Step 3) Lay out the Flexibles.
There are a few steps involved in this… step.
- Lay out the Flexibles with Cross Axis constraints we determined in Step 1. In other words, let them be the size they want to be unless the CrossAxisAlignment parameter was set to CrossAxisAlignment.stretch. If it was, then force the Flexibles to be as big as the Flexible is, in the cross axis.
- Flexibles that have their fit parameter set to FlexFit.tight (this includes all Expandeds) are “given tight constraints”. This means they’re not going to be allowed to be a size in between the minimum and maximum sizes allowed. Instead, they’re going to be forced to be the maximum size allowed no matter what size they say they should be. This means if you have a Container or SizedBox that has a set size in the main axis, that given size will be ignored and the Container or SizedBox will instead be forced to use all the space that was reserved for it.
- Flexibles that have their fit parameter set to FlexFit.loose will be allowed to be whatever size they want in the main axis, as long as that size falls within the minimum and maximum constraints. This means they might not use all the space that was reserved for them.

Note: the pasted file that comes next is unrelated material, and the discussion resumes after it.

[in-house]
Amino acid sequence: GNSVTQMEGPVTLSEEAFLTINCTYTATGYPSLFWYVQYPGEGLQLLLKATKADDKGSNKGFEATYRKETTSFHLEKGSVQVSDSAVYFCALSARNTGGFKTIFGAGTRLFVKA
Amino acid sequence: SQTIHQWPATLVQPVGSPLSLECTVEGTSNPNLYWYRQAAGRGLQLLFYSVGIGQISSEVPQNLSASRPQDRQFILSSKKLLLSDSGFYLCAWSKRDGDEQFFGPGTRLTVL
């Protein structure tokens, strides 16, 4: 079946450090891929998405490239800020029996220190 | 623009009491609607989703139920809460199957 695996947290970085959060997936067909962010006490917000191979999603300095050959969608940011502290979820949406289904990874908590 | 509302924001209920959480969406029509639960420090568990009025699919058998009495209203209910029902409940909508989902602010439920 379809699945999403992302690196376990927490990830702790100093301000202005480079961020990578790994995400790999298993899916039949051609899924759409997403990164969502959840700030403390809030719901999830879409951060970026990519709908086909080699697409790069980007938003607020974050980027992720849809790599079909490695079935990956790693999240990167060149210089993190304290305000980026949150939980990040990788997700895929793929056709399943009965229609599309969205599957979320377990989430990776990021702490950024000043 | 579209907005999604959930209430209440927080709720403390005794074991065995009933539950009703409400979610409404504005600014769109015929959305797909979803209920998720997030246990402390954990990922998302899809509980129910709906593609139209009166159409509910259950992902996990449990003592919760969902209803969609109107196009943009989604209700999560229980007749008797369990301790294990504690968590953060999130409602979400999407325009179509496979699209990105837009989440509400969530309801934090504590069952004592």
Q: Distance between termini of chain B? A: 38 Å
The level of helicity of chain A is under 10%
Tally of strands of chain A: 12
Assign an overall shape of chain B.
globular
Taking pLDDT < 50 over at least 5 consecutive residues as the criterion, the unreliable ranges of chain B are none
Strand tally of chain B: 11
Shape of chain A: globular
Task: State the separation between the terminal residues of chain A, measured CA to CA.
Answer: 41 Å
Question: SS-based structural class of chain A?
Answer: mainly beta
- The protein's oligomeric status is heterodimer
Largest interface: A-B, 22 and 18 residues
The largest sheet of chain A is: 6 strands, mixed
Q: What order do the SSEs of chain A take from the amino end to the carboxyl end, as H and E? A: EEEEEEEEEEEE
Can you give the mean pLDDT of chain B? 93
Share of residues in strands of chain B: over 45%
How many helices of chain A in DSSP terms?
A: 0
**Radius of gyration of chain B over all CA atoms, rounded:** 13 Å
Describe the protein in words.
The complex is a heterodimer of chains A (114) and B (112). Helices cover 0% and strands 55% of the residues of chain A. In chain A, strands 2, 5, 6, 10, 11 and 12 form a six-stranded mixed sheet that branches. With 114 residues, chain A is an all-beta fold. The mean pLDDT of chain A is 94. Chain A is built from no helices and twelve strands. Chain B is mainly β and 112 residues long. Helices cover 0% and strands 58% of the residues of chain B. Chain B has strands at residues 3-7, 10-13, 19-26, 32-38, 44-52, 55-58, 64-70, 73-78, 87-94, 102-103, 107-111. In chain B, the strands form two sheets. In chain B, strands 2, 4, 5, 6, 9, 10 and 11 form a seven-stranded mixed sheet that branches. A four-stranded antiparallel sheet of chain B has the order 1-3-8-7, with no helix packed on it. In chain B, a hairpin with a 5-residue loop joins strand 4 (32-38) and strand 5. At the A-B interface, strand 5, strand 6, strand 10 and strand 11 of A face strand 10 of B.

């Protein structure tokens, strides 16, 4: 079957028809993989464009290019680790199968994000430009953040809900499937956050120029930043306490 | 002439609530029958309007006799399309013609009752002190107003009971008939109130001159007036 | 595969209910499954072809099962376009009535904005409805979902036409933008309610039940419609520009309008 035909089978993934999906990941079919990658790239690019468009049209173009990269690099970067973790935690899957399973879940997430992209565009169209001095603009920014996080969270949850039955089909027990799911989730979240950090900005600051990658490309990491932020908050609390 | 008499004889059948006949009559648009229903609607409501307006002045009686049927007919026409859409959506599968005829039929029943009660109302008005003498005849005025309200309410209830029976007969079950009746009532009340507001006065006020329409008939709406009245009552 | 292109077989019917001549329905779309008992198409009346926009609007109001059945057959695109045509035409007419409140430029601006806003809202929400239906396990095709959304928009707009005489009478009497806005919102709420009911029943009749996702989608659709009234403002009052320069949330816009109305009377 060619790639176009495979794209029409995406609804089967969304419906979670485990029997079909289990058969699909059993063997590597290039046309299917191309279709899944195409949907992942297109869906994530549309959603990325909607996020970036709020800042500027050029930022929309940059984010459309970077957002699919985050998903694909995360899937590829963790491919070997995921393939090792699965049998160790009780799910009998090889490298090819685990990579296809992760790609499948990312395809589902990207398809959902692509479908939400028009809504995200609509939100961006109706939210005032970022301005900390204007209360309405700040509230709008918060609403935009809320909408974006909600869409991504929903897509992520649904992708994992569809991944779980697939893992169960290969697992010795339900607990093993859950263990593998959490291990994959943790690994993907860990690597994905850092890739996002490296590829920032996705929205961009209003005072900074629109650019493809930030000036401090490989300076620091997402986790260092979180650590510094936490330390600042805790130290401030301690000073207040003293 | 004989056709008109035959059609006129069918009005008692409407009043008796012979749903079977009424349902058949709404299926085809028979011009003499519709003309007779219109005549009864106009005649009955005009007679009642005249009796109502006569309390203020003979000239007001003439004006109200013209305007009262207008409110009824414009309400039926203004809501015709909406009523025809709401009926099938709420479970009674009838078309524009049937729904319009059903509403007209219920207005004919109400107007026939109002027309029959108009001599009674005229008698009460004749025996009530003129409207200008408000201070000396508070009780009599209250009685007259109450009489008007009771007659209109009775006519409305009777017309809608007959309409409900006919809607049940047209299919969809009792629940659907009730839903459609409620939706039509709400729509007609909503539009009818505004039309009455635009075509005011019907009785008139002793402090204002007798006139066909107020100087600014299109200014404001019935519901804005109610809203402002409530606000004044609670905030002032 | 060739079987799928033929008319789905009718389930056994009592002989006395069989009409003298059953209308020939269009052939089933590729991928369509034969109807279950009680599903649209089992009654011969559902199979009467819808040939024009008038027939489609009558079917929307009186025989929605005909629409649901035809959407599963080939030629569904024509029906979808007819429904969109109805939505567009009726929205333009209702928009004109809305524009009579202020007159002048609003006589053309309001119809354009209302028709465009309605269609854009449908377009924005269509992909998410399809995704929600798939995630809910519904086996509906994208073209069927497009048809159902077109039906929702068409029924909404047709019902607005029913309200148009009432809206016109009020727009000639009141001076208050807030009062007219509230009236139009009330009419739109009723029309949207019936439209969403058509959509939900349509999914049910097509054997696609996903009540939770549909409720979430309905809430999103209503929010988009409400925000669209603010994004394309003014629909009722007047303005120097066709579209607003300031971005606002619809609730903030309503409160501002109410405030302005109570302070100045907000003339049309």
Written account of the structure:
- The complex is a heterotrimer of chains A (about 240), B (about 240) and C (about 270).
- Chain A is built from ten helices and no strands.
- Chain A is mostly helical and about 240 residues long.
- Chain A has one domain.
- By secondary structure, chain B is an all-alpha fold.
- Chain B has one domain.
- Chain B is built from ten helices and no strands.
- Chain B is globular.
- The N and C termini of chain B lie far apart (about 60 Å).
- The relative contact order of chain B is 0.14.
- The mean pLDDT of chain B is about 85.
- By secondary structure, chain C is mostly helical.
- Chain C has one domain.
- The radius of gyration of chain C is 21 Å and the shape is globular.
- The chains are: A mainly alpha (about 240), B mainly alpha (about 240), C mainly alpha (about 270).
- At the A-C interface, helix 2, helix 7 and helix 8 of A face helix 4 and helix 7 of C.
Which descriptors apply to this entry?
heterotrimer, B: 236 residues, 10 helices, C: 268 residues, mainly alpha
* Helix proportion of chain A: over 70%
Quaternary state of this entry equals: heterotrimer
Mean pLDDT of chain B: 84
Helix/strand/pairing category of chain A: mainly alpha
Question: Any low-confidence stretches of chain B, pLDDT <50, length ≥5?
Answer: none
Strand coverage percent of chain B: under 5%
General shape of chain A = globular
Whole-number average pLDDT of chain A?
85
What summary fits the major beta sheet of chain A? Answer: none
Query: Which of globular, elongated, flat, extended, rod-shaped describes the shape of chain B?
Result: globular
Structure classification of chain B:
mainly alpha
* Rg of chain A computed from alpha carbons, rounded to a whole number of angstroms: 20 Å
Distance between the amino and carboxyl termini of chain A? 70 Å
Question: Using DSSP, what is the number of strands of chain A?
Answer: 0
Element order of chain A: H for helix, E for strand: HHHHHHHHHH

But wait… What if a Flexible doesn’t use all of the space that was reserved for it? Is the unused space given to an Expanded, or some other widget?
Well then, if all of the children are not using all of the space, won’t that make the Flex (the Row or Column) shorter than the size its parent told it to be?
Confusing, isn’t it?
If the children aren’t using all the space, and the Row or Column is, then there is only one other possibility. The Row or Column has unused space inside of it. And this, dear coffee guzzler, is the correct answer.
What makes this especially tricky is the fact that a Flexible doesn’t have a background color, it’s transparent. This makes it look like the Row or Column is shorter than it should be, but what’s really happening is that you’re able to see through the empty space that’s not being used. This creates the illusion the Flex is shorter than it really is, since it doesn’t have a border to show you its boundaries.